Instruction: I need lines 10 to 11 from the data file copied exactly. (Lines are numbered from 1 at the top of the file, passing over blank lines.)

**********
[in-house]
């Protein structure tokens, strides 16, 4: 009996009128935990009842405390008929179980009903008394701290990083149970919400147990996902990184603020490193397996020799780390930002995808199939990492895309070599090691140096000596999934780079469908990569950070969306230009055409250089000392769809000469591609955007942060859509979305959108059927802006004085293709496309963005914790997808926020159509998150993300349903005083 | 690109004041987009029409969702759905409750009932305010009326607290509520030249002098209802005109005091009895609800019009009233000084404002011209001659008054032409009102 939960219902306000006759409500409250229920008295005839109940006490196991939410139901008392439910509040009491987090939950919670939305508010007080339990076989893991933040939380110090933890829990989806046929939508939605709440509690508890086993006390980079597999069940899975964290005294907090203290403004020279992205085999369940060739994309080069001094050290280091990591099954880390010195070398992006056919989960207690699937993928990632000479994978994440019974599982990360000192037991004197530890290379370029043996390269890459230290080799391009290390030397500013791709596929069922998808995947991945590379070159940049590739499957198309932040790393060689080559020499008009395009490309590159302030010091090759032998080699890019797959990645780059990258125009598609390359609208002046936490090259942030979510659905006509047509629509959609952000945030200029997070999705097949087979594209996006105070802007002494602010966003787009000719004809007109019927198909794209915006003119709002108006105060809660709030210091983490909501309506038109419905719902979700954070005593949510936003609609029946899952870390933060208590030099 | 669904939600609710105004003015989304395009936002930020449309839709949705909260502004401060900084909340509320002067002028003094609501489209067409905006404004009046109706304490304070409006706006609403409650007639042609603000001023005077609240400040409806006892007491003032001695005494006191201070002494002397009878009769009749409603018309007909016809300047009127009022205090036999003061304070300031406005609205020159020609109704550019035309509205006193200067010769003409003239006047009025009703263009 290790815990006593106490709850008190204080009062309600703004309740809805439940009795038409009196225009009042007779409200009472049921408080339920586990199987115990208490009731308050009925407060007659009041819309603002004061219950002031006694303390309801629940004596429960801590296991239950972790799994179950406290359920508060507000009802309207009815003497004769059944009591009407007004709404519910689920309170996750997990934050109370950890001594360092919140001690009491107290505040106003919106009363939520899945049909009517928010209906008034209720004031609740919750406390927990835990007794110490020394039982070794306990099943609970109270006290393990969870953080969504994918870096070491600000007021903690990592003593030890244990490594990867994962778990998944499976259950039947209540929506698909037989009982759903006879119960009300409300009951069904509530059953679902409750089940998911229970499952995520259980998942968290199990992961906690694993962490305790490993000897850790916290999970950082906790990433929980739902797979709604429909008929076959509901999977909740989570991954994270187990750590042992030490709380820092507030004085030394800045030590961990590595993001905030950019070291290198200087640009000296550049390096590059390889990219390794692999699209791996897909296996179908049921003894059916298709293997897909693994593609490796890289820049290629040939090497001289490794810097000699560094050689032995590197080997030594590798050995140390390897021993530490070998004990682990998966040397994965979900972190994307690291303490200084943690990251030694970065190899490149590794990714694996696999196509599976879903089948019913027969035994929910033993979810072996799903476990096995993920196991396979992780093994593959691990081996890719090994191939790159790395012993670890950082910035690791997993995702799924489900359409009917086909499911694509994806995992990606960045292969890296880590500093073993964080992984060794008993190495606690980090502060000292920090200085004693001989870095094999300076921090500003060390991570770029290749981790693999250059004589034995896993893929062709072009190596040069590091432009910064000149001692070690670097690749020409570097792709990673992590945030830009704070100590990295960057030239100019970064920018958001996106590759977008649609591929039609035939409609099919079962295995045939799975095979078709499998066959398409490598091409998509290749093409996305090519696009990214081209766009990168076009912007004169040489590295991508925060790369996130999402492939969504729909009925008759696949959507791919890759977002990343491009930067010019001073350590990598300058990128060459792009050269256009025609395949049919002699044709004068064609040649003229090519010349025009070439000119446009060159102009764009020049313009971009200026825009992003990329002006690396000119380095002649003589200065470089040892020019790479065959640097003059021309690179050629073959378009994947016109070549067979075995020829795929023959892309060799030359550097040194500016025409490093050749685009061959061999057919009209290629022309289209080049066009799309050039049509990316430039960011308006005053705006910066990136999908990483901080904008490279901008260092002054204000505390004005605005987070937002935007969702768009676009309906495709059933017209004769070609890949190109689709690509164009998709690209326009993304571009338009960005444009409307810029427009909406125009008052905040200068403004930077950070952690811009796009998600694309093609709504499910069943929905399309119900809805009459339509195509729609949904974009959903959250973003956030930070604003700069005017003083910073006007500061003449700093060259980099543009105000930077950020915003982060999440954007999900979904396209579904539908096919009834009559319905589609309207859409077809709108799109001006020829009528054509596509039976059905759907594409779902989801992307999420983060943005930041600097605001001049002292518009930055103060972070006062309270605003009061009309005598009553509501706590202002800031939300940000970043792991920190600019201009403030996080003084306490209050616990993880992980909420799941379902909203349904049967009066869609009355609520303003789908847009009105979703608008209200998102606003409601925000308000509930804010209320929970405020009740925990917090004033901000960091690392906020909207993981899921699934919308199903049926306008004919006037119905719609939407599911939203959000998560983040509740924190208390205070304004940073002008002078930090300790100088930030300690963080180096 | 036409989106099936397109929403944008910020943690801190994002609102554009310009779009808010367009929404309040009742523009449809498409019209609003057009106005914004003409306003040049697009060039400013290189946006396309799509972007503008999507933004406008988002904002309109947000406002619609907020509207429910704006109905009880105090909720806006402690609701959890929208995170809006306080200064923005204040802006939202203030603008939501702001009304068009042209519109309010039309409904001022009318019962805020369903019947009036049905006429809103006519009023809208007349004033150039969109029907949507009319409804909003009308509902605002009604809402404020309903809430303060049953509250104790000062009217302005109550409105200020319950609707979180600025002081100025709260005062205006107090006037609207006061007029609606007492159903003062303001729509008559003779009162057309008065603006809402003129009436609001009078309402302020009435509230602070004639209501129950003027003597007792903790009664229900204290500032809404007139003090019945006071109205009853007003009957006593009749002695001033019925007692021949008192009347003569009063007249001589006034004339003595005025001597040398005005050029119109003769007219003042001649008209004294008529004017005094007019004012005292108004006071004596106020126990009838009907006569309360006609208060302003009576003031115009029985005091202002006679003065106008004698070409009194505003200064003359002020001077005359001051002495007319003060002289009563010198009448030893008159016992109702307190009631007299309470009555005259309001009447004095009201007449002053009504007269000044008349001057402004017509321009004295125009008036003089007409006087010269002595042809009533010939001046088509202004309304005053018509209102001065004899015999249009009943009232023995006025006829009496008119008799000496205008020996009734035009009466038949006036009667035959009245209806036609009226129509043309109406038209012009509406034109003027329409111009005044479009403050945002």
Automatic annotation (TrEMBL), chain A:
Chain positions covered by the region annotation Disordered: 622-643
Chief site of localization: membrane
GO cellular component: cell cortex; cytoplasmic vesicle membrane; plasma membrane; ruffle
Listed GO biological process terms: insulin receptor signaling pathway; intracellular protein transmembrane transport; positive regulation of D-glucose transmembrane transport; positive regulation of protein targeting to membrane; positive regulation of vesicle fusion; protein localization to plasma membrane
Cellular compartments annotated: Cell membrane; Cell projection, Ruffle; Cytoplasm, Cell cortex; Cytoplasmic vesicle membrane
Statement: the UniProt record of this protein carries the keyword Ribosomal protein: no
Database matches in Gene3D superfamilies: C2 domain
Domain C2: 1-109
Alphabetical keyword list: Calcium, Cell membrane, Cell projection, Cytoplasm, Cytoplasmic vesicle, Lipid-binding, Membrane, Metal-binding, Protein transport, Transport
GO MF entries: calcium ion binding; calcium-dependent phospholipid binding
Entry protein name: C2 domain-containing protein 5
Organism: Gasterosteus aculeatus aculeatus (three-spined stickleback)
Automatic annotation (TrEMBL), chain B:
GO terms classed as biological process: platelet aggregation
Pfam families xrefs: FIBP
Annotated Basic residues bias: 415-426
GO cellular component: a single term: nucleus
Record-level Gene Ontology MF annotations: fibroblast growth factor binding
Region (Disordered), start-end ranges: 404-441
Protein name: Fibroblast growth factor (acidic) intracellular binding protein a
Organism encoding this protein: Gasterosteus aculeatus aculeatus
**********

Database matches in Gene3D superfamilies: C2 domain
Domain C2: 1-109